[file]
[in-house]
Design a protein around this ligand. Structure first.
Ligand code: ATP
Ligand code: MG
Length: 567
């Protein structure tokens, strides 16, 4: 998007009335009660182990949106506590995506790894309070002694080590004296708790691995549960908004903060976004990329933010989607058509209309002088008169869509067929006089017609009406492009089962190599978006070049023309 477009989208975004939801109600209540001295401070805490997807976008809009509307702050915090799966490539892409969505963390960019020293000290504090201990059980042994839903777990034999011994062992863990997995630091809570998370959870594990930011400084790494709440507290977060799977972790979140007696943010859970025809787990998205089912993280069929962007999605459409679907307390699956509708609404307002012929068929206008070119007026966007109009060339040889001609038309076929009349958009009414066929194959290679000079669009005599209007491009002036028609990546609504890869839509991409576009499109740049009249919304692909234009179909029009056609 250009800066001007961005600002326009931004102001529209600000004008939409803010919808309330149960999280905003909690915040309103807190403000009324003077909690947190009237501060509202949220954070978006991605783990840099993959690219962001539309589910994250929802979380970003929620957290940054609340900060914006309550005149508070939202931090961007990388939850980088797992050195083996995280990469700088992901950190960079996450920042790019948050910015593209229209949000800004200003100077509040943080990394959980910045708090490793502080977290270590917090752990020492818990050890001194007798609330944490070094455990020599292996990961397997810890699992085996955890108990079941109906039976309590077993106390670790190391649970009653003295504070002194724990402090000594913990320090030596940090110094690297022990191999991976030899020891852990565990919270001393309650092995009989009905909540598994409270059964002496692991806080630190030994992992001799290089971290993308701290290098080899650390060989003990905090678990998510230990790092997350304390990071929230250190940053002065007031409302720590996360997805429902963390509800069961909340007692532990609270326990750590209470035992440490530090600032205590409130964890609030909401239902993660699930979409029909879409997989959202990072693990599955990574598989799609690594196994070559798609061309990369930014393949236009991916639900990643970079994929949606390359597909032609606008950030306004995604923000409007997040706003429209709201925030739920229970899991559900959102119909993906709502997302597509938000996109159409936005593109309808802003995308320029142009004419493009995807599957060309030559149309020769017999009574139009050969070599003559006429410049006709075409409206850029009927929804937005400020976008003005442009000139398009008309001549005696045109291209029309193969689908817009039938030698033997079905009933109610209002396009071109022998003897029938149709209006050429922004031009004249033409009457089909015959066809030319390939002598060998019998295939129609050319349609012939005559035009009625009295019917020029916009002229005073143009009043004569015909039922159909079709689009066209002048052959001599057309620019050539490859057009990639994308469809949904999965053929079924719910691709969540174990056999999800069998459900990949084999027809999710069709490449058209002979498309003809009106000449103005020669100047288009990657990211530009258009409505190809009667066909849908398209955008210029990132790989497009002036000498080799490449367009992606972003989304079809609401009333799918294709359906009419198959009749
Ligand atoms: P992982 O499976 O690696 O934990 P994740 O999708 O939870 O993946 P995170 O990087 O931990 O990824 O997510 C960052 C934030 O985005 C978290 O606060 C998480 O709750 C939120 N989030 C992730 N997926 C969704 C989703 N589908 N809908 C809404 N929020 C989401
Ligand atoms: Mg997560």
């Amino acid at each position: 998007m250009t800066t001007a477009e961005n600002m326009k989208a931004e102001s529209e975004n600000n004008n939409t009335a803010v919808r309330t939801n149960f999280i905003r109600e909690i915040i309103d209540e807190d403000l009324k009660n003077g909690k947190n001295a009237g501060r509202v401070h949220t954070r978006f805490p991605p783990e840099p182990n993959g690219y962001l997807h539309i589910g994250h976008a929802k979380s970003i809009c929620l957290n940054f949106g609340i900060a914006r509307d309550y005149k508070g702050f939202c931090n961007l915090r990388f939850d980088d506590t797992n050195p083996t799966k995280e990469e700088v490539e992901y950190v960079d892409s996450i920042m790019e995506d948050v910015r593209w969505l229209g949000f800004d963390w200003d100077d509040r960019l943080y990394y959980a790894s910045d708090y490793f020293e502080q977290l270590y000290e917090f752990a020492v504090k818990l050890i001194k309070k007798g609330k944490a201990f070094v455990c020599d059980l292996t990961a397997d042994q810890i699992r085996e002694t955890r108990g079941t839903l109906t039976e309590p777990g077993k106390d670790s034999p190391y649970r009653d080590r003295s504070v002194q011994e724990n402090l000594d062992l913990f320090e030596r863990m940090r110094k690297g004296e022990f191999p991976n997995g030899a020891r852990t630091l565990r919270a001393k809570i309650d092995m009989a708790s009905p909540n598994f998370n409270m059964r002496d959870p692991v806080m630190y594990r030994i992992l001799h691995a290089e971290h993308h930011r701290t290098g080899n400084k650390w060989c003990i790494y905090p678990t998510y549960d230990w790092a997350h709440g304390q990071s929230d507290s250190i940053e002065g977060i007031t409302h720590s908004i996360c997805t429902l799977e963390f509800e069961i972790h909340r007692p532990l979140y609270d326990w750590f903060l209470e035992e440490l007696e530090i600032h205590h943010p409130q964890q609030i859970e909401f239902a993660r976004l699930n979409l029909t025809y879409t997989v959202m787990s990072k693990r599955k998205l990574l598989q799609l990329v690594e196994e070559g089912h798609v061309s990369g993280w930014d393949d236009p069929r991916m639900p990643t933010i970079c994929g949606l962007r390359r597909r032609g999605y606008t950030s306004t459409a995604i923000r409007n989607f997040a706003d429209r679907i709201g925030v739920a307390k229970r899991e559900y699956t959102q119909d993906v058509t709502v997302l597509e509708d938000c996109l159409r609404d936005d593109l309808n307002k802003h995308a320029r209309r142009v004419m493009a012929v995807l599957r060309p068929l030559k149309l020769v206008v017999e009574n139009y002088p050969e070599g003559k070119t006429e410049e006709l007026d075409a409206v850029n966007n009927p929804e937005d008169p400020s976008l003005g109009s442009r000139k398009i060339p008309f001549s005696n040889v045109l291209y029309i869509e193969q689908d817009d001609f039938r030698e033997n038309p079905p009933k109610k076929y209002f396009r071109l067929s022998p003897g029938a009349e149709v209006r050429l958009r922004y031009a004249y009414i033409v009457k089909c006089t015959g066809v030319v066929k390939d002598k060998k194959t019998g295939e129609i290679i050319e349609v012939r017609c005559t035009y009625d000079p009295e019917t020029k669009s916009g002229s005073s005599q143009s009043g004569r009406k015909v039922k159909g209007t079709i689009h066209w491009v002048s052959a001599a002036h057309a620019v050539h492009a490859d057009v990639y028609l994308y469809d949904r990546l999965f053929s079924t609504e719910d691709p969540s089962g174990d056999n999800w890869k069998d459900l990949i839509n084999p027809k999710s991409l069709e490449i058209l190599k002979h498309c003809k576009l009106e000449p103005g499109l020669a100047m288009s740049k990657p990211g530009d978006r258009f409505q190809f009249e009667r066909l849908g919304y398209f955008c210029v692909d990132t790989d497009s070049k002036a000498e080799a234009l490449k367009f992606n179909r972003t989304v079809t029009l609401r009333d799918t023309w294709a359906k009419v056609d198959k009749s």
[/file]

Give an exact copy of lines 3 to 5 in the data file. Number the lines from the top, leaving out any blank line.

Ligand code: ATP
Ligand code: MG
Length: 567